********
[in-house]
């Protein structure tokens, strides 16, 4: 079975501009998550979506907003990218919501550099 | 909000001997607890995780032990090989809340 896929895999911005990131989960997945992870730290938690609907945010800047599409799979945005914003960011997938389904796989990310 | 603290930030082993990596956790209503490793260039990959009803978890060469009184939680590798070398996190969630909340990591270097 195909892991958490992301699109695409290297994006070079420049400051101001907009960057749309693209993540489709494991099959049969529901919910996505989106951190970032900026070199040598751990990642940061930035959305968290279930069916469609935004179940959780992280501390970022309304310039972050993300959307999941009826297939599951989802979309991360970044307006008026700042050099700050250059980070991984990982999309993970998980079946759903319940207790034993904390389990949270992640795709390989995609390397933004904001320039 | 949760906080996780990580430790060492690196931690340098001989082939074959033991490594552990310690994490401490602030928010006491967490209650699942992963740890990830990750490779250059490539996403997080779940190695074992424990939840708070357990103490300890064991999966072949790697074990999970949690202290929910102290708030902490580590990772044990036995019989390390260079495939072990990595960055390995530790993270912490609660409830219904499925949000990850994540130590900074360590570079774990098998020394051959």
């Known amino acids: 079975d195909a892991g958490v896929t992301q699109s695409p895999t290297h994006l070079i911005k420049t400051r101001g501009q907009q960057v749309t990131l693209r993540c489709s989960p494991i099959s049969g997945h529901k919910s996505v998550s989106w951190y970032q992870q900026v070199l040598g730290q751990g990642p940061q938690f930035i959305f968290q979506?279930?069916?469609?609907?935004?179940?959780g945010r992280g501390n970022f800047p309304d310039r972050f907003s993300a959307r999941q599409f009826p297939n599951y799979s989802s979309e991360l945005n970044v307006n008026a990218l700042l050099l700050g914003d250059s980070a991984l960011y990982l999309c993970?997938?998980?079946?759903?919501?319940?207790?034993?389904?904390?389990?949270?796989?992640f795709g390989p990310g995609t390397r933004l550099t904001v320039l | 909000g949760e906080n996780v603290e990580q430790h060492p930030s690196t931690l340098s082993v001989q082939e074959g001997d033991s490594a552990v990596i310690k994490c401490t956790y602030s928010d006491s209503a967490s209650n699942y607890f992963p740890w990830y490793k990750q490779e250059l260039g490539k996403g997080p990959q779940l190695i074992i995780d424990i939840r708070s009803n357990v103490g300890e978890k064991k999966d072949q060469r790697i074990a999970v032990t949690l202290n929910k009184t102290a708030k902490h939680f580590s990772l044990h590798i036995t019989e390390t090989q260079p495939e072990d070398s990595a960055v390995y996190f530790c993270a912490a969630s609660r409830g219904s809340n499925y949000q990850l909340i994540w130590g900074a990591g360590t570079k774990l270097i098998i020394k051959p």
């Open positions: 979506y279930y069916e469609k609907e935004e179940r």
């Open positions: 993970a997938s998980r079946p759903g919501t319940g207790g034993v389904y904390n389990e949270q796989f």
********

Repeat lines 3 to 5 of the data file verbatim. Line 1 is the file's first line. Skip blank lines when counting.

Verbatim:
């Known amino acids: 079975d195909a892991g958490v896929t992301q699109s695409p895999t290297h994006l070079i911005k420049t400051r101001g501009q907009q960057v749309t990131l693209r993540c489709s989960p494991i099959s049969g997945h529901k919910s996505v998550s989106w951190y970032q992870q900026v070199l040598g730290q751990g990642p940061q938690f930035i959305f968290q979506?279930?069916?469609?609907?935004?179940?959780g945010r992280g501390n970022f800047p309304d310039r972050f907003s993300a959307r999941q599409f009826p297939n599951y799979s989802s979309e991360l945005n970044v307006n008026a990218l700042l050099l700050g914003d250059s980070a991984l960011y990982l999309c993970?997938?998980?079946?759903?919501?319940?207790?034993?389904?904390?389990?949270?796989?992640f795709g390989p990310g995609t390397r933004l550099t904001v320039l | 909000g949760e906080n996780v603290e990580q430790h060492p930030s690196t931690l340098s082993v001989q082939e074959g001997d033991s490594a552990v990596i310690k994490c401490t956790y602030s928010d006491s209503a967490s209650n699942y607890f992963p740890w990830y490793k990750q490779e250059l260039g490539k996403g997080p990959q779940l190695i074992i995780d424990i939840r708070s009803n357990v103490g300890e978890k064991k999966d072949q060469r790697i074990a999970v032990t949690l202290n929910k009184t102290a708030k902490h939680f580590s990772l044990h590798i036995t019989e390390t090989q260079p495939e072990d070398s990595a960055v390995y996190f530790c993270a912490a969630s609660r409830g219904s809340n499925y949000q990850l909340i994540w130590g900074a990591g360590t570079k774990l270097i098998i020394k051959p």
């Open positions: 979506y279930y069916e469609k609907e935004e179940r």
């Open positions: 993970a997938s998980r079946p759903g919501t319940g207790g034993v389904y904390n389990e949270q796989f």